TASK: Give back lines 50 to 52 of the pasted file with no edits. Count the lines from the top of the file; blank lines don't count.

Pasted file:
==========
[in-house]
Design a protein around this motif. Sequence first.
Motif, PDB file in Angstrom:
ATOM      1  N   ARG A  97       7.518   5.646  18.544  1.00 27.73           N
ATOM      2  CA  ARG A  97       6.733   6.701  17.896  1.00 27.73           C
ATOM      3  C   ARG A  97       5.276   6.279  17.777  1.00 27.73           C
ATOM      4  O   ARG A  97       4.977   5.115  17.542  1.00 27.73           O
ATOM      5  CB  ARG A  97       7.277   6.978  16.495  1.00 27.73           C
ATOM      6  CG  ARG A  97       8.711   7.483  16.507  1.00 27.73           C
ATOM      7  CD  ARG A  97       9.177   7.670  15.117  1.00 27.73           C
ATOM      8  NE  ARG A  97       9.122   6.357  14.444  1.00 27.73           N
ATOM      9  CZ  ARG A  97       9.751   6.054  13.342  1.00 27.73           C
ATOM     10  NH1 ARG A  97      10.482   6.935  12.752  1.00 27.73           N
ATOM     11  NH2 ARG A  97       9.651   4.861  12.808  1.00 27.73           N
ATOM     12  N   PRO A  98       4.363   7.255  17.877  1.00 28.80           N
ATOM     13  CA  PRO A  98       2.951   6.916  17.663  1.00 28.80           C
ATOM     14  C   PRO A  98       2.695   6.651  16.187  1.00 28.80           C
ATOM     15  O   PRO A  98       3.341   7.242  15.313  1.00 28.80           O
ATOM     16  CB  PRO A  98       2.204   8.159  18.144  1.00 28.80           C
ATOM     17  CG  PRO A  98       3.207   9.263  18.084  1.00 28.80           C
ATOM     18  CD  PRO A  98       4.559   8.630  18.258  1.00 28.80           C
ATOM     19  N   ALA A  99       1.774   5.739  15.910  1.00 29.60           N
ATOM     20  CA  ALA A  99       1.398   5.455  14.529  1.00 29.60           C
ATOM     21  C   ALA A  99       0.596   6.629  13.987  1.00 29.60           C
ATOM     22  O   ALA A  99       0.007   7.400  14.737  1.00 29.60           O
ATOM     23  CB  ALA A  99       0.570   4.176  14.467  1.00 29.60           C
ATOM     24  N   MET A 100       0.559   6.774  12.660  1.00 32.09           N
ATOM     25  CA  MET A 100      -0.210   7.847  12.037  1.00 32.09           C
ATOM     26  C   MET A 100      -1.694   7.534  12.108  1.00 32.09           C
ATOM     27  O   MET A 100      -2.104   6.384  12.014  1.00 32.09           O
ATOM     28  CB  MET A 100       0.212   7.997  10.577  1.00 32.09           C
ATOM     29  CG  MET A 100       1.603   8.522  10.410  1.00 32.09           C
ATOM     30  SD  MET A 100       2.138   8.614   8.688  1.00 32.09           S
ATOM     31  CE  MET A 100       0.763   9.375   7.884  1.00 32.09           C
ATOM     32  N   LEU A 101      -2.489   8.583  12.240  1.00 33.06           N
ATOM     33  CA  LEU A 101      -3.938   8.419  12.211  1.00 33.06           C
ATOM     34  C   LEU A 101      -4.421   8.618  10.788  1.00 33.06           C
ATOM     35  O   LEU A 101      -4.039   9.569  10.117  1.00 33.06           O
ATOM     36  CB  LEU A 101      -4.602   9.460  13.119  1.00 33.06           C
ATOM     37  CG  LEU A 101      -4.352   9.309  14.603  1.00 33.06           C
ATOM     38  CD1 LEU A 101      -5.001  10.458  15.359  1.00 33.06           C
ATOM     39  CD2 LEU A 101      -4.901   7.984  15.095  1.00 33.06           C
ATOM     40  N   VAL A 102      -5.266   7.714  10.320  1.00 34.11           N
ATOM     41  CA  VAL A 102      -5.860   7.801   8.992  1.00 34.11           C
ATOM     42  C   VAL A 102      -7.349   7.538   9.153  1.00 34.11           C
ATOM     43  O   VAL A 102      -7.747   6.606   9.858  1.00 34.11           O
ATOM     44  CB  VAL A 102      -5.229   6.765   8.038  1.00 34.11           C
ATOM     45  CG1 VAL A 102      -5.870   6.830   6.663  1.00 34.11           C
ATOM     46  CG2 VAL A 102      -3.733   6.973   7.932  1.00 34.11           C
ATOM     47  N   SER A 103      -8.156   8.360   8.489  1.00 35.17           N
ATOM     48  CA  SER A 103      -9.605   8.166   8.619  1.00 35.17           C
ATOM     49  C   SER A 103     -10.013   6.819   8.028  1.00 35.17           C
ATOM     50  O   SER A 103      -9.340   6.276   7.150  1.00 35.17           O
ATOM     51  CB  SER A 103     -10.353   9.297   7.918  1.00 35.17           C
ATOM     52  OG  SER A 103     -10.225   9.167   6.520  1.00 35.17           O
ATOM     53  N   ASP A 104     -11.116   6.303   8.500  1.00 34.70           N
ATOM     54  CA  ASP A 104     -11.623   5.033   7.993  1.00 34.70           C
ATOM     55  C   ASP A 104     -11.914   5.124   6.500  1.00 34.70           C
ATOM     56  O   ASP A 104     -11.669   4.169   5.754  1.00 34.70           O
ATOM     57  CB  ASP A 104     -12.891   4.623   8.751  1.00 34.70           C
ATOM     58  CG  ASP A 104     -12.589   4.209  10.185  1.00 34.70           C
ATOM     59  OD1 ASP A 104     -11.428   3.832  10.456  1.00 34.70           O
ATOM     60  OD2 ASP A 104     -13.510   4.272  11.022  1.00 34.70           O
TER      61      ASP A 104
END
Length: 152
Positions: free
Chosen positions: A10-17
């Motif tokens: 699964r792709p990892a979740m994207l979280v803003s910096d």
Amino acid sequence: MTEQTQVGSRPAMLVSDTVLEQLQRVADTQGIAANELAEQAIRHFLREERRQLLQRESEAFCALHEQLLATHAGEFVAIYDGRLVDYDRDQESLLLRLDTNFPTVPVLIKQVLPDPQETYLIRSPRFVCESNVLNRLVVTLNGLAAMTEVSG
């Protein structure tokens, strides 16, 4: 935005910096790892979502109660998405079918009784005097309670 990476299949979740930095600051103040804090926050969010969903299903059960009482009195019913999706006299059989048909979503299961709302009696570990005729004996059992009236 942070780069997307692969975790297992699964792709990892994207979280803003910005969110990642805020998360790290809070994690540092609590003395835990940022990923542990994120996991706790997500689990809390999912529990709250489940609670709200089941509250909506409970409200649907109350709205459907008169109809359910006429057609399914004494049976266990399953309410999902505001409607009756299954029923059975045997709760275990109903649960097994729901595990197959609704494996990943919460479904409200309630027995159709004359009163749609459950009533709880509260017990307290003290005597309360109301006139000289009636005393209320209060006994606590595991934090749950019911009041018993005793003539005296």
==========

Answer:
ATOM     47  N   SER A 103      -8.156   8.360   8.489  1.00 35.17           N
ATOM     48  CA  SER A 103      -9.605   8.166   8.619  1.00 35.17           C
ATOM     49  C   SER A 103     -10.013   6.819   8.028  1.00 35.17           C